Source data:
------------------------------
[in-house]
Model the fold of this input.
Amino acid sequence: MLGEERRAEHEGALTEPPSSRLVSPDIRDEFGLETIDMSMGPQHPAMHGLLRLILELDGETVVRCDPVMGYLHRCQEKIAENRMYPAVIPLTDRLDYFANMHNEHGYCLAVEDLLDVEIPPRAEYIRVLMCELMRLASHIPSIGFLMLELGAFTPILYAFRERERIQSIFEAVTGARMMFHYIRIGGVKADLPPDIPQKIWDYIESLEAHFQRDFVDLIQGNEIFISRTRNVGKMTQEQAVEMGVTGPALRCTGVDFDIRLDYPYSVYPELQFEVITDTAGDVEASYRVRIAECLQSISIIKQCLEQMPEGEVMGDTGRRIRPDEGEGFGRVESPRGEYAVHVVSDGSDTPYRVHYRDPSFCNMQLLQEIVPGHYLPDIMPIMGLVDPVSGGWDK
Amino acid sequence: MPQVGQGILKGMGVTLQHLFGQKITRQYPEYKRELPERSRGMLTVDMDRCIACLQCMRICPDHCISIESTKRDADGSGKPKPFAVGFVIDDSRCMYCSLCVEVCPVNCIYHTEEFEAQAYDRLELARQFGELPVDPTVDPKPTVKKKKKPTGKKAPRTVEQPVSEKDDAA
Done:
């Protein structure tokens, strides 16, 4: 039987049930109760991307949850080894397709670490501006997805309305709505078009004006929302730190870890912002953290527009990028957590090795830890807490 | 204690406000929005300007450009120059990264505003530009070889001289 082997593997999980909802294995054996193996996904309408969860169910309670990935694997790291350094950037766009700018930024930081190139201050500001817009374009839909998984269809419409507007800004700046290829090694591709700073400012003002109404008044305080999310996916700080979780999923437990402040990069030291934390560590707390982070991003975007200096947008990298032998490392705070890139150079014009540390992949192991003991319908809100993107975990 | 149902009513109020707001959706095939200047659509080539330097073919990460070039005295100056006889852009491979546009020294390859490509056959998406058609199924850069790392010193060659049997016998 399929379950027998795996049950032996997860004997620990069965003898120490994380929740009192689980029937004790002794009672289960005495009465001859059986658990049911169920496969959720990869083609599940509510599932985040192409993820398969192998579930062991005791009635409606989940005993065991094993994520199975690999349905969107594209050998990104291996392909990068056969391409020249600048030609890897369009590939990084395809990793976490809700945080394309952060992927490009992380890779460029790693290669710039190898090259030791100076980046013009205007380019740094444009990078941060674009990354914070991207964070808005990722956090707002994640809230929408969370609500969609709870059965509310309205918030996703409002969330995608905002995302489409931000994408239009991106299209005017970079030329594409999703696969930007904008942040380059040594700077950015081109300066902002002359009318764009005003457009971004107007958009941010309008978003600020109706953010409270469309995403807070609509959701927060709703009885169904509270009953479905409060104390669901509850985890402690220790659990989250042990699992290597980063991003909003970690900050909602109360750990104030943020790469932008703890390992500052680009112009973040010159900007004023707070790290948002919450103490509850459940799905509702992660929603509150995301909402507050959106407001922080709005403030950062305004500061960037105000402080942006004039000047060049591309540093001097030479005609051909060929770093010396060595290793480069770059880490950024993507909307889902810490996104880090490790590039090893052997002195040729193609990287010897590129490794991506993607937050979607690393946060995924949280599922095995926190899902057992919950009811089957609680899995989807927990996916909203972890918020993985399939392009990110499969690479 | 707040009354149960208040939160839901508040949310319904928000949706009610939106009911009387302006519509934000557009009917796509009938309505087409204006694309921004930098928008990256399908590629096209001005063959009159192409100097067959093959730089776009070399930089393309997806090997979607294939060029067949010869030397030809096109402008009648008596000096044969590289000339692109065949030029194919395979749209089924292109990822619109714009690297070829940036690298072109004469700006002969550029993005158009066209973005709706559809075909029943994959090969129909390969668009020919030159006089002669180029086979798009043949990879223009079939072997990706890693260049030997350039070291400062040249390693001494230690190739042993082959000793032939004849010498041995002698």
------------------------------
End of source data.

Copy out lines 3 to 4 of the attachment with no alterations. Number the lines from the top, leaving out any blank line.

Amino acid sequence: MLGEERRAEHEGALTEPPSSRLVSPDIRDEFGLETIDMSMGPQHPAMHGLLRLILELDGETVVRCDPVMGYLHRCQEKIAENRMYPAVIPLTDRLDYFANMHNEHGYCLAVEDLLDVEIPPRAEYIRVLMCELMRLASHIPSIGFLMLELGAFTPILYAFRERERIQSIFEAVTGARMMFHYIRIGGVKADLPPDIPQKIWDYIESLEAHFQRDFVDLIQGNEIFISRTRNVGKMTQEQAVEMGVTGPALRCTGVDFDIRLDYPYSVYPELQFEVITDTAGDVEASYRVRIAECLQSISIIKQCLEQMPEGEVMGDTGRRIRPDEGEGFGRVESPRGEYAVHVVSDGSDTPYRVHYRDPSFCNMQLLQEIVPGHYLPDIMPIMGLVDPVSGGWDK
Amino acid sequence: MPQVGQGILKGMGVTLQHLFGQKITRQYPEYKRELPERSRGMLTVDMDRCIACLQCMRICPDHCISIESTKRDADGSGKPKPFAVGFVIDDSRCMYCSLCVEVCPVNCIYHTEEFEAQAYDRLELARQFGELPVDPTVDPKPTVKKKKKPTGKKAPRTVEQPVSEKDDAA